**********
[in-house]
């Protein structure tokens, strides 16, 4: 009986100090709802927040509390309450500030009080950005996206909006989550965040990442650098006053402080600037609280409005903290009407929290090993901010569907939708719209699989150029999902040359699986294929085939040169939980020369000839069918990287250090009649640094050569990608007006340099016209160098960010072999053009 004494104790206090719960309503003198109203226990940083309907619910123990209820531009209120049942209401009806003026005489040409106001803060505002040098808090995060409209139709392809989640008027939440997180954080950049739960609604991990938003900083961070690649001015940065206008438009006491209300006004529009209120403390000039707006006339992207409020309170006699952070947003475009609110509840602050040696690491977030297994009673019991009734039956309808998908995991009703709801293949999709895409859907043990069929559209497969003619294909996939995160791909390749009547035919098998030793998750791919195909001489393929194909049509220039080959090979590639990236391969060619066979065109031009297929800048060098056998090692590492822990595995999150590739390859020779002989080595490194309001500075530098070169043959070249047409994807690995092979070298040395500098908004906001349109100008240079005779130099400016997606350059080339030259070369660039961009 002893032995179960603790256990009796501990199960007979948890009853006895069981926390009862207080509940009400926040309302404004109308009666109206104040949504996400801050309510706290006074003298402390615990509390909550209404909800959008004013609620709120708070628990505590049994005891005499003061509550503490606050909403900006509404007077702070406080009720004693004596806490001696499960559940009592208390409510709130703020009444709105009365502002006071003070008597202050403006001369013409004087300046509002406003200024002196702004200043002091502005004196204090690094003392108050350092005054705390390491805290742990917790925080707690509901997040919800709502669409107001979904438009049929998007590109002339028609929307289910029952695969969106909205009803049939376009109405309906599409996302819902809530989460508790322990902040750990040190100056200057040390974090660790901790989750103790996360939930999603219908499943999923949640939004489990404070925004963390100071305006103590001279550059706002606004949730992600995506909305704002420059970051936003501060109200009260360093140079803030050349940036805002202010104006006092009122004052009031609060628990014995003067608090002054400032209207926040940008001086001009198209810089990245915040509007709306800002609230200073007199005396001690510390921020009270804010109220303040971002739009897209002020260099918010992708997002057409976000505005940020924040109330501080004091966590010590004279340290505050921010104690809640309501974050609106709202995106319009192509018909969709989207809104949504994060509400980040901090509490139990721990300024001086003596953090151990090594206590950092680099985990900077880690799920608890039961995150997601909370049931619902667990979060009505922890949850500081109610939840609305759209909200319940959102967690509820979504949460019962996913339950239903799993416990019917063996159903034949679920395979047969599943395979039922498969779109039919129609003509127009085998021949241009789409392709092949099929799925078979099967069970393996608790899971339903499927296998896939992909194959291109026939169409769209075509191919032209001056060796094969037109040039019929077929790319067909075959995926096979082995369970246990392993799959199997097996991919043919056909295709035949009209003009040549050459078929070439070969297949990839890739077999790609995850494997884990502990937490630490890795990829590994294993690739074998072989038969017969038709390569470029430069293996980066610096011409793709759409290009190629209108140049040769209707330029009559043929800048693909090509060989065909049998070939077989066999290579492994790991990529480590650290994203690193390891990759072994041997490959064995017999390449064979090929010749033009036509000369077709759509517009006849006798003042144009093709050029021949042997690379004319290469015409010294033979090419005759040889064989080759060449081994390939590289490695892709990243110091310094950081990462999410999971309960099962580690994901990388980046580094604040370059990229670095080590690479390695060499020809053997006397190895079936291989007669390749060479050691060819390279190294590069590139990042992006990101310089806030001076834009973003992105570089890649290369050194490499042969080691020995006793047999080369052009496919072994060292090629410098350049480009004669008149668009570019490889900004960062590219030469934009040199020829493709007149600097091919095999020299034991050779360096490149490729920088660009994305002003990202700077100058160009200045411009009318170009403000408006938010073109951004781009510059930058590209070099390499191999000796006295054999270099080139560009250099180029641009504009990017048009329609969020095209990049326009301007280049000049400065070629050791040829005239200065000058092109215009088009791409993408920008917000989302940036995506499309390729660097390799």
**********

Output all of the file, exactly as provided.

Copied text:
[in-house]
């Protein structure tokens, strides 16, 4: 009986100090709802927040509390309450500030009080950005996206909006989550965040990442650098006053402080600037609280409005903290009407929290090993901010569907939708719209699989150029999902040359699986294929085939040169939980020369000839069918990287250090009649640094050569990608007006340099016209160098960010072999053009 004494104790206090719960309503003198109203226990940083309907619910123990209820531009209120049942209401009806003026005489040409106001803060505002040098808090995060409209139709392809989640008027939440997180954080950049739960609604991990938003900083961070690649001015940065206008438009006491209300006004529009209120403390000039707006006339992207409020309170006699952070947003475009609110509840602050040696690491977030297994009673019991009734039956309808998908995991009703709801293949999709895409859907043990069929559209497969003619294909996939995160791909390749009547035919098998030793998750791919195909001489393929194909049509220039080959090979590639990236391969060619066979065109031009297929800048060098056998090692590492822990595995999150590739390859020779002989080595490194309001500075530098070169043959070249047409994807690995092979070298040395500098908004906001349109100008240079005779130099400016997606350059080339030259070369660039961009 002893032995179960603790256990009796501990199960007979948890009853006895069981926390009862207080509940009400926040309302404004109308009666109206104040949504996400801050309510706290006074003298402390615990509390909550209404909800959008004013609620709120708070628990505590049994005891005499003061509550503490606050909403900006509404007077702070406080009720004693004596806490001696499960559940009592208390409510709130703020009444709105009365502002006071003070008597202050403006001369013409004087300046509002406003200024002196702004200043002091502005004196204090690094003392108050350092005054705390390491805290742990917790925080707690509901997040919800709502669409107001979904438009049929998007590109002339028609929307289910029952695969969106909205009803049939376009109405309906599409996302819902809530989460508790322990902040750990040190100056200057040390974090660790901790989750103790996360939930999603219908499943999923949640939004489990404070925004963390100071305006103590001279550059706002606004949730992600995506909305704002420059970051936003501060109200009260360093140079803030050349940036805002202010104006006092009122004052009031609060628990014995003067608090002054400032209207926040940008001086001009198209810089990245915040509007709306800002609230200073007199005396001690510390921020009270804010109220303040971002739009897209002020260099918010992708997002057409976000505005940020924040109330501080004091966590010590004279340290505050921010104690809640309501974050609106709202995106319009192509018909969709989207809104949504994060509400980040901090509490139990721990300024001086003596953090151990090594206590950092680099985990900077880690799920608890039961995150997601909370049931619902667990979060009505922890949850500081109610939840609305759209909200319940959102967690509820979504949460019962996913339950239903799993416990019917063996159903034949679920395979047969599943395979039922498969779109039919129609003509127009085998021949241009789409392709092949099929799925078979099967069970393996608790899971339903499927296998896939992909194959291109026939169409769209075509191919032209001056060796094969037109040039019929077929790319067909075959995926096979082995369970246990392993799959199997097996991919043919056909295709035949009209003009040549050459078929070439070969297949990839890739077999790609995850494997884990502990937490630490890795990829590994294993690739074998072989038969017969038709390569470029430069293996980066610096011409793709759409290009190629209108140049040769209707330029009559043929800048693909090509060989065909049998070939077989066999290579492994790991990529480590650290994203690193390891990759072994041997490959064995017999390449064979090929010749033009036509000369077709759509517009006849006798003042144009093709050029021949042997690379004319290469015409010294033979090419005759040889064989080759060449081994390939590289490695892709990243110091310094950081990462999410999971309960099962580690994901990388980046580094604040370059990229670095080590690479390695060499020809053997006397190895079936291989007669390749060479050691060819390279190294590069590139990042992006990101310089806030001076834009973003992105570089890649290369050194490499042969080691020995006793047999080369052009496919072994060292090629410098350049480009004669008149668009570019490889900004960062590219030469934009040199020829493709007149600097091919095999020299034991050779360096490149490729920088660009994305002003990202700077100058160009200045411009009318170009403000408006938010073109951004781009510059930058590209070099390499191999000796006295054999270099080139560009250099180029641009504009990017048009329609969020095209990049326009301007280049000049400065070629050791040829005239200065000058092109215009088009791409993408920008917000989302940036995506499309390729660097390799």